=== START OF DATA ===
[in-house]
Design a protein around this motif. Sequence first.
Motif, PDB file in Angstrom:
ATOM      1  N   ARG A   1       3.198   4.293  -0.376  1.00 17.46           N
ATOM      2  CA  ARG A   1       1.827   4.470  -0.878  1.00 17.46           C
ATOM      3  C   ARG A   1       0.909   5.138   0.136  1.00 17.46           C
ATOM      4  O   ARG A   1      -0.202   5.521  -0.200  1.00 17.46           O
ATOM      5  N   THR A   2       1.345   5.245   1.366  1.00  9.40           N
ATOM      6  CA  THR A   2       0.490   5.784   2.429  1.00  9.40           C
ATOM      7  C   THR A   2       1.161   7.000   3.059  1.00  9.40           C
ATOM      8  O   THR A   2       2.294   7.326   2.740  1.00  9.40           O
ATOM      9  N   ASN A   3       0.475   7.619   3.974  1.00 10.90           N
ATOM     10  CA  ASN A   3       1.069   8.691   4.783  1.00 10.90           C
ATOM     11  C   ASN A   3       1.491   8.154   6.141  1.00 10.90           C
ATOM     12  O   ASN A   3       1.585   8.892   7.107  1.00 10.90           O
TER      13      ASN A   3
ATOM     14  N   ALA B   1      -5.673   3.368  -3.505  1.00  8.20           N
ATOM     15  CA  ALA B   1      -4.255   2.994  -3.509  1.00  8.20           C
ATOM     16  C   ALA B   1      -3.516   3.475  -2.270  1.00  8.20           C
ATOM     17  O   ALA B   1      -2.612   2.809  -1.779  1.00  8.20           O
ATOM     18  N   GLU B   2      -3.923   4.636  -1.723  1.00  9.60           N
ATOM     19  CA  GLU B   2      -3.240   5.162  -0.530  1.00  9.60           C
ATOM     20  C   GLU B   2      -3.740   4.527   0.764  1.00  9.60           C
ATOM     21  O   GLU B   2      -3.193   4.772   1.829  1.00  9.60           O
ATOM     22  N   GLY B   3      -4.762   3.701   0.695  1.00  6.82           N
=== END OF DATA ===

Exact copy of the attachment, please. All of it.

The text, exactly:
[in-house]
Design a protein around this motif. Sequence first.
Motif, PDB file in Angstrom:
ATOM      1  N   ARG A   1       3.198   4.293  -0.376  1.00 17.46           N
ATOM      2  CA  ARG A   1       1.827   4.470  -0.878  1.00 17.46           C
ATOM      3  C   ARG A   1       0.909   5.138   0.136  1.00 17.46           C
ATOM      4  O   ARG A   1      -0.202   5.521  -0.200  1.00 17.46           O
ATOM      5  N   THR A   2       1.345   5.245   1.366  1.00  9.40           N
ATOM      6  CA  THR A   2       0.490   5.784   2.429  1.00  9.40           C
ATOM      7  C   THR A   2       1.161   7.000   3.059  1.00  9.40           C
ATOM      8  O   THR A   2       2.294   7.326   2.740  1.00  9.40           O
ATOM      9  N   ASN A   3       0.475   7.619   3.974  1.00 10.90           N
ATOM     10  CA  ASN A   3       1.069   8.691   4.783  1.00 10.90           C
ATOM     11  C   ASN A   3       1.491   8.154   6.141  1.00 10.90           C
ATOM     12  O   ASN A   3       1.585   8.892   7.107  1.00 10.90           O
TER      13      ASN A   3
ATOM     14  N   ALA B   1      -5.673   3.368  -3.505  1.00  8.20           N
ATOM     15  CA  ALA B   1      -4.255   2.994  -3.509  1.00  8.20           C
ATOM     16  C   ALA B   1      -3.516   3.475  -2.270  1.00  8.20           C
ATOM     17  O   ALA B   1      -2.612   2.809  -1.779  1.00  8.20           O
ATOM     18  N   GLU B   2      -3.923   4.636  -1.723  1.00  9.60           N
ATOM     19  CA  GLU B   2      -3.240   5.162  -0.530  1.00  9.60           C
ATOM     20  C   GLU B   2      -3.740   4.527   0.764  1.00  9.60           C
ATOM     21  O   GLU B   2      -3.193   4.772   1.829  1.00  9.60           O
ATOM     22  N   GLY B   3      -4.762   3.701   0.695  1.00  6.82           N